Northwest Michigan welcomes two new FoodCorps service members
MSU Extension Grand Traverse begins first year as a new FoodCorps service site.
Over 180,000 children reached, nearly 37,000 pounds of produce, and 671 garden projects. These statistics represent a snapshot of the impact FoodCorps service members have made within the last year. FoodCorps is a nationwide team of AmeriCorps leaders who collaborate with communities to make schools healthier place for kids to eat, learn, and grow. In the process, a new generation of leaders are trained and launched into lifelong careers of impact across the fields of food and health. Michigan State University Extension Grand Traverse County is thrilled to be named a local FoodCorps service site with the Groundwork Center. Local service sites fulfill the central role in supporting service members to accomplish shared goals.
Meet the new FoodCorps service members
Mikaela Taylor (Hosted by Michigan State University Extension, Grand Traverse County)
Mikaela is thrilled to live, learn and serve in the beautiful Northwest Michigan! Raised by parents dedicated to serving their communities, and holding a Bachelor of Arts degree in Environmental Studies with a specialization in Environmental Justice from the University of Michigan, Mikaela was granted with a solid foundation to utilize as she actively serves schools in the Northwest Michigan community. Through her service with Michigan State University Extension Grand Traverse County, she seeks to build partnerships with food service workers, farmers, school administrators, teachers, parents and community members in order to grant students access to resources and support those who are invested in guiding them. She is eager to be a part of the process as students learn about their food, where it comes from, and how it contributes to their overall health and wellness.
Stephanie Cumper (Hosted by Groundwork Center)
A graduate from Central Michigan University, with specialties in International Relations and Nutrition, Stephanie is eager to continue counteracting the negative impacts of impoverishment and food insecurity via active engagement in Northwest Michigan schools. She firmly believes that it is vital that the youth of America are capable of understanding the origin of foods, the structure and policies of food systems, and how to grow foods. Stephanie intends to tackle her service with vibrant devotion and enthusiasm, with the understanding that any change towards the collaboration of school curriculum and connecting kids to healthy, local food is a success.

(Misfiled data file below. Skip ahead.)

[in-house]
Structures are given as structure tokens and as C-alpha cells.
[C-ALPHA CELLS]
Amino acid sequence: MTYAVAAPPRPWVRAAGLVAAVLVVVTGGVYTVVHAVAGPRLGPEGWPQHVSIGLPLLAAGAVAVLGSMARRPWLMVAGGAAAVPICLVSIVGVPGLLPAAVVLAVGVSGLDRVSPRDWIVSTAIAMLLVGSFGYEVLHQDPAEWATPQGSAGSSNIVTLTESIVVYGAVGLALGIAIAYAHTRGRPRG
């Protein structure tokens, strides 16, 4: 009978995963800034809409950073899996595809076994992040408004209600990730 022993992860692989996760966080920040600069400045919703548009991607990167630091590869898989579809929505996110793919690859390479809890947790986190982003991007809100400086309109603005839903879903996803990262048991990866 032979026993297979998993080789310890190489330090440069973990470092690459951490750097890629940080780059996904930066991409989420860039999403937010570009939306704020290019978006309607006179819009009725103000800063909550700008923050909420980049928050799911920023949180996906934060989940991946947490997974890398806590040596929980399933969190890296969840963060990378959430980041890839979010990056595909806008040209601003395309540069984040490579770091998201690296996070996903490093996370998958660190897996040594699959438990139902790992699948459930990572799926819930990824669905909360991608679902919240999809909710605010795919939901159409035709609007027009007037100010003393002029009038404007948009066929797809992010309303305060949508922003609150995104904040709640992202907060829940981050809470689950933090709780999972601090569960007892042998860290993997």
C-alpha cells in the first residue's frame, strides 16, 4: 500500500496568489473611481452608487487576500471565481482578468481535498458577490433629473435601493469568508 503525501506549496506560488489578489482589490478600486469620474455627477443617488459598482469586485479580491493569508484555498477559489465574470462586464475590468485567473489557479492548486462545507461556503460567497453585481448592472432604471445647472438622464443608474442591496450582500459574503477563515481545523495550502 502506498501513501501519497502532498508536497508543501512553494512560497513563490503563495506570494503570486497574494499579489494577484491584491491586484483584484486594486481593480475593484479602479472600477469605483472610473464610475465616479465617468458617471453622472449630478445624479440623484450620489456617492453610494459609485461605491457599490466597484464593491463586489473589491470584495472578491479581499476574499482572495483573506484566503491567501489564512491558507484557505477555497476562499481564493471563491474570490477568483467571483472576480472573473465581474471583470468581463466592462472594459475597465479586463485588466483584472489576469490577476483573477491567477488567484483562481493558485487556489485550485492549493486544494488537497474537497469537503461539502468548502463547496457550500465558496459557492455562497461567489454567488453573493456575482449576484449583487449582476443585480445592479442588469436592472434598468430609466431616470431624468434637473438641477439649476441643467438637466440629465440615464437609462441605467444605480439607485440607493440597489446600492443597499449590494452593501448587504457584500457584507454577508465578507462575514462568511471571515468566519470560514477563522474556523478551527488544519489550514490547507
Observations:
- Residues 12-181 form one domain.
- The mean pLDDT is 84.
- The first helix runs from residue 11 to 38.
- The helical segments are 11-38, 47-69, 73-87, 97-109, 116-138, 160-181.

What will their service include?
- Knowledge: collaborate 2-3 teachers in each school building in order to continue to build and execute our database of farm to school lessons that both meet standard curriculum requirements and are capable of being performed by a teacher in the absence of a service member, in order to foster sustainability of our farm to school program
- Engagement: continue to develop community partnerships with volunteers, parent teacher organizations (PTO) and Master Gardeners to create long-lasting school garden plan. They will also provide basic gardening resources, programming and advice as needed.
- Access: conduct taste tests in school cafeterias and collect data from these taste tests to provide food service with information to support student local food preferences. They will also work with food service staff to source and prepare food for tastings, classroom activities, and new recipe development.
In addition to these areas of service, Stephanie and Mikaela will each focus on a specialty area throughout the year. Stephanie will focus on curriculum development in partnership with the Traverse Bay Area Intermediate School District. Mikaela will develop local food and nutrition resources and provide support for food service professionals. Mikaela and Stephanie have gotten off to a tremendous start. In just their second week of service, Mikaela and Stephanie spent the 9/11 National Day of Service restoring the garden at Father Fred Foundation.
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